While managing the risks related to fiscal and trade policy reforms, public debt and contingent liabilities, the World Bank yesterday insisted that Sri Lanka should also focus on mitigating the impact from natural disasters, which have become more frequent with climate change.
“Natural disasters continue to be a drag on the economy. Growth prospects would have been better, had the impacts of natural disasters mitigated,” World Bank Senior Country Economist for Sri Lanka and Maldives Ralph Van Doorn, said.
He said this at the unveiling of the second Sri Lanka Development Update in Colombo, yesterday.
“Disaster risk management should be an integral part of Sri Lanka’s growth model,” Doorn added.
In recent times, Sri Lanka has been on the receiving end of the nature’s wrath by way of floods, landslides and is experiencing the worst drought in three decades.
Due to this, the country’s economic growth was mainly driven by construction and investment, while the agricultural sector recorded negative growth. About 30 percent of Sri Lanka’s labour force is employed in the agriculture sector.
During his presentation Van Doorn pointed out that natural disasters have widespread impact and the country’s poor is affected disproportionately.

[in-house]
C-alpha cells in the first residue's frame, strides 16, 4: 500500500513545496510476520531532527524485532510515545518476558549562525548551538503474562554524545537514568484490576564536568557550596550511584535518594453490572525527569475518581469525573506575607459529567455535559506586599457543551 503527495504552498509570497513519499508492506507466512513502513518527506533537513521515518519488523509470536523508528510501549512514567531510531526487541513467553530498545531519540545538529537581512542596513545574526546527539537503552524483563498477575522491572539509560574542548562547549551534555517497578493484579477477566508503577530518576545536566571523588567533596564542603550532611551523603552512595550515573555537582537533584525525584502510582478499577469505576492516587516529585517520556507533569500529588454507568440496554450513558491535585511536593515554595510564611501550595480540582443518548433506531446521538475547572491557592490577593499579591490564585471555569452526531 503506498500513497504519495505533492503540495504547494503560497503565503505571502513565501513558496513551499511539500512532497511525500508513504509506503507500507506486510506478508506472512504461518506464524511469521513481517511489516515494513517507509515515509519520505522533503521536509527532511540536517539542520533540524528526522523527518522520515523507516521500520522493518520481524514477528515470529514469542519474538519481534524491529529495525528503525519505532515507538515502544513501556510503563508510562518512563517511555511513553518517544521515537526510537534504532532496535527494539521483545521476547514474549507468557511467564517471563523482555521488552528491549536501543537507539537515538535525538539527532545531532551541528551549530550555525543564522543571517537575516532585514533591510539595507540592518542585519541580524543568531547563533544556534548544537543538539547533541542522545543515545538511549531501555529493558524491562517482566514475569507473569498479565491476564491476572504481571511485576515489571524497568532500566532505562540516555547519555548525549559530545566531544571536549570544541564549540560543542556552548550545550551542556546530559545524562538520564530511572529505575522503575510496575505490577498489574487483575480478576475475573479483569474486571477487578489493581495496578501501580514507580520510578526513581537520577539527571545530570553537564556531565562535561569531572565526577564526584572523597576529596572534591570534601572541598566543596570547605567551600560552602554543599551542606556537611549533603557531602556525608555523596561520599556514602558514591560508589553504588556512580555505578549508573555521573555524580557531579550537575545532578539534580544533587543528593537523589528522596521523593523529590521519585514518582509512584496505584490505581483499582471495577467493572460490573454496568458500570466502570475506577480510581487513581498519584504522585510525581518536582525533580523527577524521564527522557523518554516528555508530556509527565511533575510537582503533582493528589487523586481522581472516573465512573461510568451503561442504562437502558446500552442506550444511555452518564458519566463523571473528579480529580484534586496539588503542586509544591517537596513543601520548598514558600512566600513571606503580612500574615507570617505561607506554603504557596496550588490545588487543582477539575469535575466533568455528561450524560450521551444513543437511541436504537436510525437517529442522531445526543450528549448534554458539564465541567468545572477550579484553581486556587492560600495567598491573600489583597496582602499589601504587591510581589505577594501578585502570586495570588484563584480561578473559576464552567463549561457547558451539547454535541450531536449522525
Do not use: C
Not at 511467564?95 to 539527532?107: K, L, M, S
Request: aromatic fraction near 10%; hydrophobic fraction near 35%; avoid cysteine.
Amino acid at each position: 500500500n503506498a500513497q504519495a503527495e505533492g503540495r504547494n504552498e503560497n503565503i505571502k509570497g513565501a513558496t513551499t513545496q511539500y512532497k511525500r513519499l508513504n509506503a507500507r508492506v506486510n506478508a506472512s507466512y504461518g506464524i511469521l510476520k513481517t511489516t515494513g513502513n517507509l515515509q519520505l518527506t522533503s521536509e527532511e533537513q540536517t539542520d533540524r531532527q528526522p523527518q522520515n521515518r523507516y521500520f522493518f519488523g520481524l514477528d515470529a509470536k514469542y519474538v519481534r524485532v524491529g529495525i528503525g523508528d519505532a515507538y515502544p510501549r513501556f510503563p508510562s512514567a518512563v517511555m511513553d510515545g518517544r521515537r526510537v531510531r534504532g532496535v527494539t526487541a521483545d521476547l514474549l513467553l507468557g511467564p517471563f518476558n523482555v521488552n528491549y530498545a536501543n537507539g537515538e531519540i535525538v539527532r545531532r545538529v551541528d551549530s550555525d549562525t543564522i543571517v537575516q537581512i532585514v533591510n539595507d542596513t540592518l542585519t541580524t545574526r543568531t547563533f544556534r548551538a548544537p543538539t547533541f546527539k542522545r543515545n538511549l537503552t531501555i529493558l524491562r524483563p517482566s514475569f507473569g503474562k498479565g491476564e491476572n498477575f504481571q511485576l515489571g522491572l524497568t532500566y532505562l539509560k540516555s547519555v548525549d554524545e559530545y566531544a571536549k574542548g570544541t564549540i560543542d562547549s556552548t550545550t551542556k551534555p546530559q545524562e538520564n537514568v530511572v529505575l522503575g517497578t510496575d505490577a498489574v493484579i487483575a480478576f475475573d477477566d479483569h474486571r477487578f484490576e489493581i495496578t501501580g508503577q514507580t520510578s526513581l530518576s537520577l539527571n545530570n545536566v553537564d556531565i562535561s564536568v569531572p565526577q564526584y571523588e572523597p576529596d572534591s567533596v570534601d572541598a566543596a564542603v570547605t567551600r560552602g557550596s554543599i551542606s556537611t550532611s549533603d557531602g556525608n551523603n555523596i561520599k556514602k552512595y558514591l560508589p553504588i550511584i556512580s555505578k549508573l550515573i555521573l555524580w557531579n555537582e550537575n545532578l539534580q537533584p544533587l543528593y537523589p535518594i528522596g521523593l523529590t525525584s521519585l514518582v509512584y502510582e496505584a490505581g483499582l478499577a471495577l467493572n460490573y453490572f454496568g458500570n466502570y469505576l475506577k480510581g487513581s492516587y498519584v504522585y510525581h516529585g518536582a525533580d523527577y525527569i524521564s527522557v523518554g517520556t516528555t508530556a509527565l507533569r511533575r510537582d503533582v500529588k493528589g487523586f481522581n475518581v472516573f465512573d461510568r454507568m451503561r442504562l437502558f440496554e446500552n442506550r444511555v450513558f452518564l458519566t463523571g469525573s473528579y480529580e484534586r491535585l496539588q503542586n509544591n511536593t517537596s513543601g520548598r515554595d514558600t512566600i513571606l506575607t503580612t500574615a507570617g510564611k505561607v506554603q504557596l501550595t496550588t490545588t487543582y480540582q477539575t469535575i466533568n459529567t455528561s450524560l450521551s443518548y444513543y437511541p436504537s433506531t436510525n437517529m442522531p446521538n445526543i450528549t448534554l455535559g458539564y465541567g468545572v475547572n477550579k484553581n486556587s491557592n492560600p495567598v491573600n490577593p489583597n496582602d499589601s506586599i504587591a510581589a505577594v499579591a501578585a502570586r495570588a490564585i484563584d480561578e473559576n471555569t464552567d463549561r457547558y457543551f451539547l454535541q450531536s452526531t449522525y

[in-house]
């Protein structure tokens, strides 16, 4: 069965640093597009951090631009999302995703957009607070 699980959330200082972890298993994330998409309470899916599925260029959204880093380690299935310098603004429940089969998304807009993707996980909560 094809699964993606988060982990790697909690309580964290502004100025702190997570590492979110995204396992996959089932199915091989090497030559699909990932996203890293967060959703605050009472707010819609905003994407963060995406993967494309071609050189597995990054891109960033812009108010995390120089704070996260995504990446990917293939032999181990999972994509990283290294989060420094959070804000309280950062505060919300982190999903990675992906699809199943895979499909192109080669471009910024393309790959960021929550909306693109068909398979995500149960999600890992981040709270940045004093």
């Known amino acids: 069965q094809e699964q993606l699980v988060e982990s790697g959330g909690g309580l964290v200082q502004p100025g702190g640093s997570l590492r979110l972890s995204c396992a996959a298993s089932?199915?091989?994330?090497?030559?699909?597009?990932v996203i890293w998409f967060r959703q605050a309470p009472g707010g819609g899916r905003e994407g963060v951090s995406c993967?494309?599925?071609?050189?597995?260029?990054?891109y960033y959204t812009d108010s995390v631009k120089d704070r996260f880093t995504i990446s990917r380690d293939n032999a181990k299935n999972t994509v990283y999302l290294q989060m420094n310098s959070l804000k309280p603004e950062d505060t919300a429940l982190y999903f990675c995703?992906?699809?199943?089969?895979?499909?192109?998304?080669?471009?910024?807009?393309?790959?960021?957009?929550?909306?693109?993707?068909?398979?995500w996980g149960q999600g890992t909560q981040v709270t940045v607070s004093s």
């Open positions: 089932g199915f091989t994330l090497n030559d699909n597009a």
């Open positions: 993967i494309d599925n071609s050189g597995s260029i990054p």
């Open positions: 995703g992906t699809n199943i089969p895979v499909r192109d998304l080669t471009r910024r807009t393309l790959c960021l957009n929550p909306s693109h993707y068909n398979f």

He said that although Sri Lanka’s poverty rate has declined to 4.1 percent, the estimated poverty rate of those affected by the floods stands at 8.7 percent and those affected by the drought at 11.7 percent.
Due to supply side disruption caused by bad weather and demand pressures are keeping the country’s inflation at elevated levels, making people to pay more for the goods and services they consume. However the WB is of the opinion that inflation will moderate by the first quarter of next year.
Meanwhile, the World Bank stressed on the need to be better prepared to deal with future natural calamities. Sri Lanka disturbingly lags in that department and so far has been able to respond to such situations in a hap-hazard manner.
“Sri Lanka can become an upper-middle income country by maintaining macro-fiscal stability and increasing its preparedness for natural disasters,” Van Doorn added.